1631: Natalie du Toit is almost peerless when it comes to Paralympic swimming achievement. The South African is a 12-time Games medalist and 11 of those are gold. She made history by competing in the Olympic open-water swim in Beijing and has already won gold in the 100m S9 butterfly in London. I think it’s fair to say she enters tonight’s 400m freestyle final as a heavy favorite.
1636: But it won’t be Du Toit who gets the loudest roar of the night in the Aquatics Centre, that honor will be reserved for one very special 17-year-old. Ellie Simmonds has already won two gold medals at London 2012, with organizers already having to replace the roof on the Zaha Hadid designed building twice after ecstatic British fans blew it off. But Simmonds will have to go some to win gold in the 50m freestyle S6 final, where American Victoria Arlen and Tanja Groepper of Germany will start as favorites.
1645: David Weir is London born and bred and he fulfilled a dream by romping to men’s 5000m T54 gold on Sunday. The seven-time medal winner goes in another final tonight, but his rivals will be keen to restrict Weir in the 1500m meter showpiece. Weir will need to use all of his racing knowhow to complete a golden double.
1735: Make sure you stick around, but I must warn you Ellie Simmonds is far from the favorite in the women’s 50m freestyle S6 final. American Victoria Arlen, however, could take gold.
1755: The Aquatics Centre crowd erupts, that can only mean one thing. Ellie Simmonds is on the starting block for the women's S6 50m freestyle final...
1813: Natalie du Toit is ready to start the 400m freestyle S9 final, you could forgive the other seven swimmers for not even bothering to get in the pool…
1339: While we're at it, Egypt's Mohamed Eldib has just won gold in the Men's -100kg Powerlifting, setting a new world record after lifting a whopping 249kg.
Make sure to keep an eye out for Iran's Siamand Rahman in the +100kg category at 18.35 London time. He'll be hoping to be the first disabled athlete to lift 300kg.
1347: It is CLOSE at the Men's Wheelchair Basketball with Germany leading the U.S. 28-25 at half time. I always thought this sport was pretty brutal. That was until Day Seven came along...
1350: Just a little over 10 minutes until Wheelchair Basketball, aka 'Murderball,' rocks your world. It's the U.S.A versus Great Britain. Don't go anywhere.
1402: The goals come thick and fast in Wheelchair Rugby. Two minutes in and GB leads the U.S. 3-2. The head-on crashes are enough to send a JOLT THROUGH YOUR VERY BEING. And it's only going to better...
1423: Wheelchair Rugby update: "We will, we will rock you, ROCK YOU," blares the loudspeaker. We certaily will. A quick time out and GB lead U.S.A 12-11. The smashes keep on coming.
1437: It’s not just the boys that get to have all the fun. Let’s not forget this is MIXED Wheelchair Rugby. The one and only lady on the GB team is Kylie Grimes.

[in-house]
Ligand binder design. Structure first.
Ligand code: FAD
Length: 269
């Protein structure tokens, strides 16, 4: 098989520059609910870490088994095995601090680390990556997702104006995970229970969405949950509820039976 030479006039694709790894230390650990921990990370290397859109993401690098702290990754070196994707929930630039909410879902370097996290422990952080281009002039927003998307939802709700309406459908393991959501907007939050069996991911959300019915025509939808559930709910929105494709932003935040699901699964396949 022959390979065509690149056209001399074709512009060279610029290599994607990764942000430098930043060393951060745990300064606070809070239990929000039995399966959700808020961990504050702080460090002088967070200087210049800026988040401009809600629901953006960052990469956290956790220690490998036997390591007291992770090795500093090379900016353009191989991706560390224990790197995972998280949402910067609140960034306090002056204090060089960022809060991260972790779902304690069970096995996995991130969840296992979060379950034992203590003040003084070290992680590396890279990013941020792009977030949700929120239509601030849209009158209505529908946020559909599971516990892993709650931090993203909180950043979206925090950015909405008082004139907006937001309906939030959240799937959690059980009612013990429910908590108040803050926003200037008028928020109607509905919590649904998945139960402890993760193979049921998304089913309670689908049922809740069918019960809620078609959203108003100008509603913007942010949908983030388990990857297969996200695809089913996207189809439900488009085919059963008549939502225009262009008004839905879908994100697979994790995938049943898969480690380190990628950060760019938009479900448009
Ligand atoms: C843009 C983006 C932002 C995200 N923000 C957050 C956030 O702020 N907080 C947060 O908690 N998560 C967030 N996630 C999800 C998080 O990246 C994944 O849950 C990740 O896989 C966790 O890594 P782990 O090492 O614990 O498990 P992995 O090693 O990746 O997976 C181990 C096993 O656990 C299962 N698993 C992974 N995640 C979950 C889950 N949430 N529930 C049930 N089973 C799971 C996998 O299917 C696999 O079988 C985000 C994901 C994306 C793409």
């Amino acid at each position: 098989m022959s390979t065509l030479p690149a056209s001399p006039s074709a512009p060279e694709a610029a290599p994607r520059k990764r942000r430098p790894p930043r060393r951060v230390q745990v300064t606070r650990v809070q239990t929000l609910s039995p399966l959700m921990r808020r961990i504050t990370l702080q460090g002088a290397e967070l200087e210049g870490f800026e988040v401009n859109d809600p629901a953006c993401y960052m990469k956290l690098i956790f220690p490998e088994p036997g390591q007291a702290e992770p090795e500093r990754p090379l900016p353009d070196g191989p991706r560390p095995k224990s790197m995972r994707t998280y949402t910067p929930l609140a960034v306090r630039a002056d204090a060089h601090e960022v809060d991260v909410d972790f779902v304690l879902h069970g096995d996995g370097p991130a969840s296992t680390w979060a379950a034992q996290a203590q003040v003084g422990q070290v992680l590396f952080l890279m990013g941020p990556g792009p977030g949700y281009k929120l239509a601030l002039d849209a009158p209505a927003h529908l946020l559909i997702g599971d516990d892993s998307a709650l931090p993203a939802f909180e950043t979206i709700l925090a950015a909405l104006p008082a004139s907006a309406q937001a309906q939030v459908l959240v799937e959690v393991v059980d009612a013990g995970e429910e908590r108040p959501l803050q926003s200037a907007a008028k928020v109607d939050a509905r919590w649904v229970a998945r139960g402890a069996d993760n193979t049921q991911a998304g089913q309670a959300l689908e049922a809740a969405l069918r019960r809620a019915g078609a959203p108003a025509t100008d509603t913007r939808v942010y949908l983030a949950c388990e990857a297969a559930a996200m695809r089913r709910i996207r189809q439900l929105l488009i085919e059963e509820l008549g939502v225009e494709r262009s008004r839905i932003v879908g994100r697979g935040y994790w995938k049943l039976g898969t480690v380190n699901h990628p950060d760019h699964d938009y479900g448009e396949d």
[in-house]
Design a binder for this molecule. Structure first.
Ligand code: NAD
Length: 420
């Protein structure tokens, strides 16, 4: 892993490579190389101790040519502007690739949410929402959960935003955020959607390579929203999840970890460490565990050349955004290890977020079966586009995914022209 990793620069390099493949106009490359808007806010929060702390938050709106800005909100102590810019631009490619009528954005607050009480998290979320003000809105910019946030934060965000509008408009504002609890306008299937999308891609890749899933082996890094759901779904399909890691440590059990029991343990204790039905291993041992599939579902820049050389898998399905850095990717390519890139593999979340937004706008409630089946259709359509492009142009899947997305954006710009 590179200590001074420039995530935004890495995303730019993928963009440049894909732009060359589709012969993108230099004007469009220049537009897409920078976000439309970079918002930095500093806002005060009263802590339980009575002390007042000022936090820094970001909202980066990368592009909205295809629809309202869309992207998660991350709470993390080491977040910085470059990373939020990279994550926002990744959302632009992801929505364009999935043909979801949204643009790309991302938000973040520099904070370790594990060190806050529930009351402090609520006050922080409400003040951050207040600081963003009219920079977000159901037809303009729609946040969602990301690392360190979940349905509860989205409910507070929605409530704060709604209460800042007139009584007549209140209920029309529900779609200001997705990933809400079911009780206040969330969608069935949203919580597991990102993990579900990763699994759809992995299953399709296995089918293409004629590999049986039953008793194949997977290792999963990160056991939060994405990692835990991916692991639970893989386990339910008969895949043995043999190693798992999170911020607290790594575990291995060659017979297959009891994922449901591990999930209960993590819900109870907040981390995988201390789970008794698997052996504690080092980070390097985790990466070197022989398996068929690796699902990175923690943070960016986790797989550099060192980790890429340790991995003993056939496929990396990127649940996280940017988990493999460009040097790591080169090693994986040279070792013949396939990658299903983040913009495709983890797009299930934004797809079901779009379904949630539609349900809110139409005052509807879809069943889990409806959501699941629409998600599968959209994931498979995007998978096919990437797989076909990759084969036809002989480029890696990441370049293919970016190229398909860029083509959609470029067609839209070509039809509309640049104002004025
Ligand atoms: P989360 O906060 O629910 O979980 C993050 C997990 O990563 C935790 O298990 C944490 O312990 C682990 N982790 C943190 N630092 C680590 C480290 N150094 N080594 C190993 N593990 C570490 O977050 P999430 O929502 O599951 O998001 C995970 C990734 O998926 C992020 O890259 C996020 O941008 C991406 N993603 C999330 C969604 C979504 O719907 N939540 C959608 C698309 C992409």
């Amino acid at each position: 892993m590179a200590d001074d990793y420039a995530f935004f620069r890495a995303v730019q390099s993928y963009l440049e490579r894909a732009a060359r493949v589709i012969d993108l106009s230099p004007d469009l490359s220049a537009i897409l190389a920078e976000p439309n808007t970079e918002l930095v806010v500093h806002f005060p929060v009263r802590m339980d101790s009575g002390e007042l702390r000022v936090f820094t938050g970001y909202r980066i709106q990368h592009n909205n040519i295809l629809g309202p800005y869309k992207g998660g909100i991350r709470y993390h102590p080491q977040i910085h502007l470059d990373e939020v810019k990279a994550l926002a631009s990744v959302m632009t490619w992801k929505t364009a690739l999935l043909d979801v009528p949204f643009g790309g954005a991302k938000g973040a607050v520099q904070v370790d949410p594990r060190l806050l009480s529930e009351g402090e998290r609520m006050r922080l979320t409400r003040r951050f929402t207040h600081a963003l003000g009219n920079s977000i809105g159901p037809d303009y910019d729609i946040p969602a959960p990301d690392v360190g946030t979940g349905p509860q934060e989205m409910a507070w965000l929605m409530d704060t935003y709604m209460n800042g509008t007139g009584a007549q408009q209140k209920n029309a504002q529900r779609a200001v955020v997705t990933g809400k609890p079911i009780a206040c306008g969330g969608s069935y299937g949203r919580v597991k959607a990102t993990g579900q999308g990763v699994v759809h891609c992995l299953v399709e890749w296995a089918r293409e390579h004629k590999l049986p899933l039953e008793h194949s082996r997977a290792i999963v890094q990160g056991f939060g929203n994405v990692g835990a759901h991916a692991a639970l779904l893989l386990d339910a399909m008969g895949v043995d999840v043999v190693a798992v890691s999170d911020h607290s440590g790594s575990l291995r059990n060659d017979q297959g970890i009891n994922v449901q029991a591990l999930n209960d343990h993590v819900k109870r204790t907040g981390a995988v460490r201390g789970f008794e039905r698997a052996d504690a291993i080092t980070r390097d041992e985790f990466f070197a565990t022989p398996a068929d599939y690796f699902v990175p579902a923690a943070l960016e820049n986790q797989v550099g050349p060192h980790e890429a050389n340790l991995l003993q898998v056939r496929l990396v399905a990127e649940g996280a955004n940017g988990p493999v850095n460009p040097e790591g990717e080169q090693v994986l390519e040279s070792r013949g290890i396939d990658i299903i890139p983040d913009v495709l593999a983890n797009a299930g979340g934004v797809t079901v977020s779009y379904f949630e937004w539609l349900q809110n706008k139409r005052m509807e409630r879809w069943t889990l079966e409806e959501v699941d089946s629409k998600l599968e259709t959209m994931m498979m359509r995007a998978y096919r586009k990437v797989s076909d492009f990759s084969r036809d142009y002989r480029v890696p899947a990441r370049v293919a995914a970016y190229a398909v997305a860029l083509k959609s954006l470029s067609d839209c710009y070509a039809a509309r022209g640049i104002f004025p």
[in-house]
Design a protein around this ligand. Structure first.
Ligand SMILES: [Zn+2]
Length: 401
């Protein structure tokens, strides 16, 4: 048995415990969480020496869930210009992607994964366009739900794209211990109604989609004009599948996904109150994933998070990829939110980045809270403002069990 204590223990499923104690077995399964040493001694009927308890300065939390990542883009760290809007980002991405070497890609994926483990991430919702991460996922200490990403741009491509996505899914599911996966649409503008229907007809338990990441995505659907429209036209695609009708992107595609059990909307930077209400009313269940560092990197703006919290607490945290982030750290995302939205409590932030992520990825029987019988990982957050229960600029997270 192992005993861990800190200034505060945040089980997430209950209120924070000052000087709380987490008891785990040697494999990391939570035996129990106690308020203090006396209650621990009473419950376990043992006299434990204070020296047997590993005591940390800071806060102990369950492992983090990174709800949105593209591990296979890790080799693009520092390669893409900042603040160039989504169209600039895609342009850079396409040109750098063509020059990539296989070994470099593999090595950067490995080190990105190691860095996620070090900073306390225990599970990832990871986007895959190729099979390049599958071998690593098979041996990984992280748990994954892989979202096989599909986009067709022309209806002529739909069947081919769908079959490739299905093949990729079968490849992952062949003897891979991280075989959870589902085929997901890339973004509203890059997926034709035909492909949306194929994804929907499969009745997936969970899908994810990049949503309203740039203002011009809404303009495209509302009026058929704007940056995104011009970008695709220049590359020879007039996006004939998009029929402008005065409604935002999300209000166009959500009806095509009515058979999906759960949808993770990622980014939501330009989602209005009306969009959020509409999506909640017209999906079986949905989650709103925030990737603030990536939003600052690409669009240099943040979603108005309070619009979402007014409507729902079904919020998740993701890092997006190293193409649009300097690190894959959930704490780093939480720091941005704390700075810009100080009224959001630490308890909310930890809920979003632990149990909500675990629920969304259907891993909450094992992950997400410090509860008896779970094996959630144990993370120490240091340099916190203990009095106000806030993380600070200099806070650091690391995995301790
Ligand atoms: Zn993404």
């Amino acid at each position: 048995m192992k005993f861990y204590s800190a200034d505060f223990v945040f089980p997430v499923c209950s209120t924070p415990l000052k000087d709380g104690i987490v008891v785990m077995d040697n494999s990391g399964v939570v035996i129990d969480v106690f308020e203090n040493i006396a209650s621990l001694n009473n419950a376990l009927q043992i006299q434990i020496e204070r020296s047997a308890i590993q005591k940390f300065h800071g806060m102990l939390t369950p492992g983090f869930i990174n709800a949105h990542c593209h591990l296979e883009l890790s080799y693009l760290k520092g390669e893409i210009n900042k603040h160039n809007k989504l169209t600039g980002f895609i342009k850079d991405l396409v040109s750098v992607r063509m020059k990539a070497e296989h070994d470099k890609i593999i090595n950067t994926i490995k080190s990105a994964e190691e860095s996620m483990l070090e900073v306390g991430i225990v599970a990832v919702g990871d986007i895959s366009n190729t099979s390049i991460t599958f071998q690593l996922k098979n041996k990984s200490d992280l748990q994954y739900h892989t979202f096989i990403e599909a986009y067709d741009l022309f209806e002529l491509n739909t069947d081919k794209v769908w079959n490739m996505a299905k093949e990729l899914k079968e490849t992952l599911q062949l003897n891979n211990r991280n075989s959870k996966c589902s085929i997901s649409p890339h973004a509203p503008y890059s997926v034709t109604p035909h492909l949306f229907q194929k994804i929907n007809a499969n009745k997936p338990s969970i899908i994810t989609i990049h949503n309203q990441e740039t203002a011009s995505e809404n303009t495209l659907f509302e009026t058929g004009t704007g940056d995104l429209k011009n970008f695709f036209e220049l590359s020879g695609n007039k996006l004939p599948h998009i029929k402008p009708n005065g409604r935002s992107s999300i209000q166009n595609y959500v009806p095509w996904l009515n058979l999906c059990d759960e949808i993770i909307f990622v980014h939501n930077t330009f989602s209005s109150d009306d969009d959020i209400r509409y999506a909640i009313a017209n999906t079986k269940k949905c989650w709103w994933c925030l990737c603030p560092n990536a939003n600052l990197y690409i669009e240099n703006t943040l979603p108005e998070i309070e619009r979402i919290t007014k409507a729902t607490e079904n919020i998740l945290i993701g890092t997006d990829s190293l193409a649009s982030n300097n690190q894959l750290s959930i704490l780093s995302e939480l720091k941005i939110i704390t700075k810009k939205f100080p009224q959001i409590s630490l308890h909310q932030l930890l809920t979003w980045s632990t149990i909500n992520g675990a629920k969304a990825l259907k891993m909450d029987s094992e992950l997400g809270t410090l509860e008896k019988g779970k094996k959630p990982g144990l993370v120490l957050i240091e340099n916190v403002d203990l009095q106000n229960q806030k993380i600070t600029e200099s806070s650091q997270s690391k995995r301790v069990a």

Kylie was left paralysed from the chest down after diving into a swimming pool and landing on her head in 2006.
Interestingly, it was a visit to her hospital by the all-male GB team which inspired her to take up the sport.
1532: Signed, sealed, delivered. Wheelchair Rugby wraps up with U.S.A defeatIng GB 56-44.
1613: But it is not just Oliviera and Pistorius who will be confident of gold in one of the Games’ blue riband events. U.S. 2008 silver medalist and reigning world champion Jerome Singleton will be out to rubber stamp his credentials over the distance, while Paralympics GB boast the world record holder in the shape of Jonnie Peacock. Singleton, Peacock and Oliveira all go in heat one at 1901 local time, what a race that promises to be. Pistorius will be the star name in heat two.
1703: As athletes of varying degrees of impairment were competing in the event, the results were decided on a points system rather than the distance athletes threw the discus. This relegated Pomazan to the silver medal position, but she stayed away from the medal ceremony in protest as China’s Wu Qing collected her gold.
A statement issued by the Ukrainian Paralympic Committee claimed Pomazan had tried to inform competition officials of the fault during last Friday’s final, but her complaints were ignored.
1712: Back to today’s events, there is a corker of a wheelchair tennis final in progress between the U.S. and Great Britain. Double gold medalist Peter Norfolk, known as “the Quadfather”, and partner Andy Lapthorne are up against American defending champions David Wagner and Nicolas Taylor in the mixed quad doubles gold medal match. Wagner and Taylor have just broken their opponents to make it 1-1 early in the deciding third set. It promises to be a tense finale.
2150: “The beast” has been unleashed and she has just dominated the women’s 800m T54 final.
Tatyana McFadden is now a double Paralympic champion after winning four silvers and two bronze medals at the previous two Games.
The American, who lived in a Russian orphanage until the age of six and spent her young years crawling as she didn’t have a wheelchair, has emerged as one of the stars of London 2012.
In a slightly under par Paralympics for the U.S., McFadden has been one of the shining lights.